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HIV and Ageing – HIV is no longer a death sentence, it is a chronic disease

The first generation to grow old with HIV are ageing faster.

“HIV is no longer a death sentence, it is a chronic disease”

The generation of people who were the first to get cutting edge treatments for HIV, decades ago, are now growing old. Dr Lucette Cysique is Neuro HIV group leader here at NeuRA and has identified that there is a high mental health burden in the HIV+ population, and in Australia. Moreover, there is an increasing proportion of this HIV population has reached their 60’s because of the success of combined antiretroviral treatment (cART), which sees those infected live almost as long as the general population. However, the aging HIV population lives with a greater comorbidity burden than people of the same age, and their aging syndromes are accelerated.

Up to 50 per cent of bisexual and gay men with HIV who are on treatment experience some form of mild neurocognitive dysfunction by their mid-50s, Up to 30 per cent will develop more serious neurocognitive problems and 2 to 4 per cent will develop early onset dementia. “We’re wondering what the hell is this going to look like in 10 years?” Dr Cysique said. “Is mild cognitive dysfunction predictive of dementia later in life [among people with HIV]? We don’t know and we need to find out.”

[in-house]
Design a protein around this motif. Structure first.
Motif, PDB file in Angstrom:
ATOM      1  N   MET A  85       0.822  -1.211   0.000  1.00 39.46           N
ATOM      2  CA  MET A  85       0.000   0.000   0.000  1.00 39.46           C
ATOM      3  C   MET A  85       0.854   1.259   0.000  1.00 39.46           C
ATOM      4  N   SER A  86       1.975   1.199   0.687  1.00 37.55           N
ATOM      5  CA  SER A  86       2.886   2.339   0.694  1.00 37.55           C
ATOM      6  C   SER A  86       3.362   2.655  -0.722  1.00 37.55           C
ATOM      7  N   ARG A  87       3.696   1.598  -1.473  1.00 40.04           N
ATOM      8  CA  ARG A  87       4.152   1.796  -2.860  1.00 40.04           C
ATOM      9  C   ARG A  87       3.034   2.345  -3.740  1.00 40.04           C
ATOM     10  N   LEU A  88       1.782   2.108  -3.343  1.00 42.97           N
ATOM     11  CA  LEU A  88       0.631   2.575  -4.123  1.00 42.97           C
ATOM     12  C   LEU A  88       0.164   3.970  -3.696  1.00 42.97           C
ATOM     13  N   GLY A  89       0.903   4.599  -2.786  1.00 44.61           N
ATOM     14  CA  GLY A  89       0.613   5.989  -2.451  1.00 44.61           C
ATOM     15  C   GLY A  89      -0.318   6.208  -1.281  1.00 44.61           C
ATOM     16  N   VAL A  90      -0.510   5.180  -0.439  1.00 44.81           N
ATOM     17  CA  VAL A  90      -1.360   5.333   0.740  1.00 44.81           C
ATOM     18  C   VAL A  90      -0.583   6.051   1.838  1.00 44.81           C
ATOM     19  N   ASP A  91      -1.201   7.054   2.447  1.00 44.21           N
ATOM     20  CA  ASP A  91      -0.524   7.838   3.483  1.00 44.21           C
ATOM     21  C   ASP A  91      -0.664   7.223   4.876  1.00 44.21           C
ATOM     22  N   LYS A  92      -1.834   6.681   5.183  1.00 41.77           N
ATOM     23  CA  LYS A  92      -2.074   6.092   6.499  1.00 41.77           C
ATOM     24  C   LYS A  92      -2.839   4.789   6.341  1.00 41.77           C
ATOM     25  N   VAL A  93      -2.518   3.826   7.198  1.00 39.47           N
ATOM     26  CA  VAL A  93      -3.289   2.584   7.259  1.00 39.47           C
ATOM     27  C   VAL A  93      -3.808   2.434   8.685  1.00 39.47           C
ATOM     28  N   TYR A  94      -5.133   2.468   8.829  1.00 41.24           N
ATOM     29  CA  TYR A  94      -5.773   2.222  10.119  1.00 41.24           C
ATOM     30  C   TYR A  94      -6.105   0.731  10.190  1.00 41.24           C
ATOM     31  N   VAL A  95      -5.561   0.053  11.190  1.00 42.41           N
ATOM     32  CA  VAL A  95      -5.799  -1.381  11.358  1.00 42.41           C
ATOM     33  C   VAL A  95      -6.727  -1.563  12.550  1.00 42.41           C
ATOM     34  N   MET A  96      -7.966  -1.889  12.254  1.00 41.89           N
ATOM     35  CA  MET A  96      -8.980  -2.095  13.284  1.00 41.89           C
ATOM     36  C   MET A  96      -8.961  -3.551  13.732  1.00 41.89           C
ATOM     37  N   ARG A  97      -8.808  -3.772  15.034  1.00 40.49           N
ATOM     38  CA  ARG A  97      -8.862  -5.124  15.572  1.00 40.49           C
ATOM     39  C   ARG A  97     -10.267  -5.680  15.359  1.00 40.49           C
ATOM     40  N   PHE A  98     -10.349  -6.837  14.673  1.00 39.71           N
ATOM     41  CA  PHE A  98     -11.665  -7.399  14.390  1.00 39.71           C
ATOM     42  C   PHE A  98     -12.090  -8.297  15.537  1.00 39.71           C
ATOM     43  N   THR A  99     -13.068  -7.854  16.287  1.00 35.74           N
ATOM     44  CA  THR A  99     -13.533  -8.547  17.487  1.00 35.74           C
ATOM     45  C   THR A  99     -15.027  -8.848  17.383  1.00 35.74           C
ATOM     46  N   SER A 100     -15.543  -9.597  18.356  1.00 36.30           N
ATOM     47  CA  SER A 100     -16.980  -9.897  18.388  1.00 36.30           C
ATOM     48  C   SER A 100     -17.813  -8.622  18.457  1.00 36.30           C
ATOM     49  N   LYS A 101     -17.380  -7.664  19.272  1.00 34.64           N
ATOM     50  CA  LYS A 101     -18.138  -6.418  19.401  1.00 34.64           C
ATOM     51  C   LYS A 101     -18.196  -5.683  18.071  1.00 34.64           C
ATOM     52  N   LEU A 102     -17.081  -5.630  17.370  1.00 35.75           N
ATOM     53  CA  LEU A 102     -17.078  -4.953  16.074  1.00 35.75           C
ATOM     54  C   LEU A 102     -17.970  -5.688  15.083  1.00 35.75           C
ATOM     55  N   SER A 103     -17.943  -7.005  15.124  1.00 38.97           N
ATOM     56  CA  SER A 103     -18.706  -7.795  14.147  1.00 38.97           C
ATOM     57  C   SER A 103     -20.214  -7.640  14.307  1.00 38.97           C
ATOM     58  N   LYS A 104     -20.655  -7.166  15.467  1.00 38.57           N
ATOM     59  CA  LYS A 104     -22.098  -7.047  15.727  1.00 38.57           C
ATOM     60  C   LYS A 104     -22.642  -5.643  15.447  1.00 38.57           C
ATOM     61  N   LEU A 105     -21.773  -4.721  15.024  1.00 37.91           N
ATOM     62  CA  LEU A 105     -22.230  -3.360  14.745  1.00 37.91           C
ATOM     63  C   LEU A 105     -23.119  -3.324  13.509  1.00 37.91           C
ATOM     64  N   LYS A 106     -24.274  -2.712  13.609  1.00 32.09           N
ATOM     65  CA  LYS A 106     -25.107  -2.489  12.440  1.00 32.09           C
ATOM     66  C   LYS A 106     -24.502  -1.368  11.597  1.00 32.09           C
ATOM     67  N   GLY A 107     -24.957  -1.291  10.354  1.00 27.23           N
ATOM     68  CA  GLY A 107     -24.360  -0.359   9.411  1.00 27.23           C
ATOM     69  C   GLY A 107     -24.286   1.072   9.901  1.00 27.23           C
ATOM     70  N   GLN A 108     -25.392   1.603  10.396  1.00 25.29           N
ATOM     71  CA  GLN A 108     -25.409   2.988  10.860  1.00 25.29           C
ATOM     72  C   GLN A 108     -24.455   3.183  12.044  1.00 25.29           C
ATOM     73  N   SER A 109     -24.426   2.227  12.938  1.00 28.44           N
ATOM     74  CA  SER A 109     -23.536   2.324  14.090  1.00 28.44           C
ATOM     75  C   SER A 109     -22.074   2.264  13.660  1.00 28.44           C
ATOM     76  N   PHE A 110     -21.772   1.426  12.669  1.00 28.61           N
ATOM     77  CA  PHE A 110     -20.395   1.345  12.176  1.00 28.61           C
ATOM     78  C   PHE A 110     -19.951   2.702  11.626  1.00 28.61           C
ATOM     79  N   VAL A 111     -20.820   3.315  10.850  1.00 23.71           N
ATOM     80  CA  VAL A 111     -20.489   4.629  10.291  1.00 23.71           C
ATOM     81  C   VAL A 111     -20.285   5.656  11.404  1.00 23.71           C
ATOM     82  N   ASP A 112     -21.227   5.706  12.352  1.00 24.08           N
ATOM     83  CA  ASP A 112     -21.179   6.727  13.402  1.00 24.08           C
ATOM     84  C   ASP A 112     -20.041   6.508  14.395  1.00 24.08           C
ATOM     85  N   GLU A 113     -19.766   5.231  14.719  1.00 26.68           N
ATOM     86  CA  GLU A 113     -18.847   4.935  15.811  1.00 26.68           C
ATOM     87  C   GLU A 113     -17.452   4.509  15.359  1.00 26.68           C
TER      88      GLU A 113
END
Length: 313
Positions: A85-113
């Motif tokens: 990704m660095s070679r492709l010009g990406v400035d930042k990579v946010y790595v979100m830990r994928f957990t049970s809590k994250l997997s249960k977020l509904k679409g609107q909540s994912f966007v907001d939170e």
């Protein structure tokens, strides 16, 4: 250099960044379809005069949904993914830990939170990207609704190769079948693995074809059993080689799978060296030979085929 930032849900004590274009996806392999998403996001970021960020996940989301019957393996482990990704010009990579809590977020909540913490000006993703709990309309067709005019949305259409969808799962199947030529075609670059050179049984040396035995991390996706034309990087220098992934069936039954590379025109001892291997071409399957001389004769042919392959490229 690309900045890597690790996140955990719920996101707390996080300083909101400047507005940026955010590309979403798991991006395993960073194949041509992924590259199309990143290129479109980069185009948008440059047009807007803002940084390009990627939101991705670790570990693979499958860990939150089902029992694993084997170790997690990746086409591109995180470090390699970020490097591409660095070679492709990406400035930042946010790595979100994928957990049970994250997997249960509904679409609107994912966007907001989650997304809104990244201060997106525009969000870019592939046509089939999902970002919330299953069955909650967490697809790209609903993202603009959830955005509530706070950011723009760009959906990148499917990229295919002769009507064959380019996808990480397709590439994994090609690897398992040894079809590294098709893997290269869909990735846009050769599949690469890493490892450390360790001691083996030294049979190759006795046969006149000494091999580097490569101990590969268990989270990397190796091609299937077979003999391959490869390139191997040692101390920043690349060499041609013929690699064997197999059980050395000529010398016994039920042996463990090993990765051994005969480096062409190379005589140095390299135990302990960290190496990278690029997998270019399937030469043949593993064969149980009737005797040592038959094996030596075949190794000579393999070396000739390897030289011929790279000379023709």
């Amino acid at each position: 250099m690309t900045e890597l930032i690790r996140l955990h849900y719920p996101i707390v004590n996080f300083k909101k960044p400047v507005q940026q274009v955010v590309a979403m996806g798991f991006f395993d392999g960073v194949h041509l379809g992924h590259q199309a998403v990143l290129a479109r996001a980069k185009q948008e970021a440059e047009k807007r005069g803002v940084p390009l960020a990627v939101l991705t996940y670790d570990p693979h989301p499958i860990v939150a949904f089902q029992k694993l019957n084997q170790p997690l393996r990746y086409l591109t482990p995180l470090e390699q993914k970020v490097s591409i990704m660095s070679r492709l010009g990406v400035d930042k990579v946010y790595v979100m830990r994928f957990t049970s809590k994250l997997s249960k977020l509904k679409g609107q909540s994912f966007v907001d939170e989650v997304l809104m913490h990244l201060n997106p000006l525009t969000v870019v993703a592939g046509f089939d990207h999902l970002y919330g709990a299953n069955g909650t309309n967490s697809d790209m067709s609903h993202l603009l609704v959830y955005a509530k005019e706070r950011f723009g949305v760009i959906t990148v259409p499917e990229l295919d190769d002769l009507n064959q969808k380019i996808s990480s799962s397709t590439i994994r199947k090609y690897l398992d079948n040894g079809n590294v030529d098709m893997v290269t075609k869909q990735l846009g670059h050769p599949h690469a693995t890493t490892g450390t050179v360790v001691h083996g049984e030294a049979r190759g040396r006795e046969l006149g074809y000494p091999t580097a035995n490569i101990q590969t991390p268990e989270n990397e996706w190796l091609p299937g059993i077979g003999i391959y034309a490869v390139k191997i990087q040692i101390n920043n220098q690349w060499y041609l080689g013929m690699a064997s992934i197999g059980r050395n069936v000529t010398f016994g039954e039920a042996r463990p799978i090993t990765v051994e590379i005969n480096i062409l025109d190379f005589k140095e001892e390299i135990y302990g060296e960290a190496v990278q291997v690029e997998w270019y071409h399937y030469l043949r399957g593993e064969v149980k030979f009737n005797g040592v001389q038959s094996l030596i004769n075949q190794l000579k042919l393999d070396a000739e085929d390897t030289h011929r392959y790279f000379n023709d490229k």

The lifetime prevalence of anxiety and depression symptoms was 40 per cent among bisexual and gay men with HIV, Dr Cysique said. One-third of people with the virus will develop a stress disorder and bisexual and gay men with HIV have 2½ times the rate of hospitalisation due to mental health and HIV-related neurological complications. More than one in four have contemplated suicide and 13 per cent have attempted suicide, yet mental health care in Australia was not geared towards the elderly with HIV. The sudden closure in November of H2M at St Vincent’s Hospital, the only dedicated mental health service in Sydney, was “a catastrophe”, she said. “There needs to be more than generic health services, and support for community [peer-run support] programs where people getting older with HIV can come together, stay positive and not socially isolate,” she said.

Dr Lucette Cysique was recently interviewed by ABC Radio National, and The Sydney Morning Herald, with one of these first generation ageing HIV sufferers, you can read more about it here, and listen to the interview below: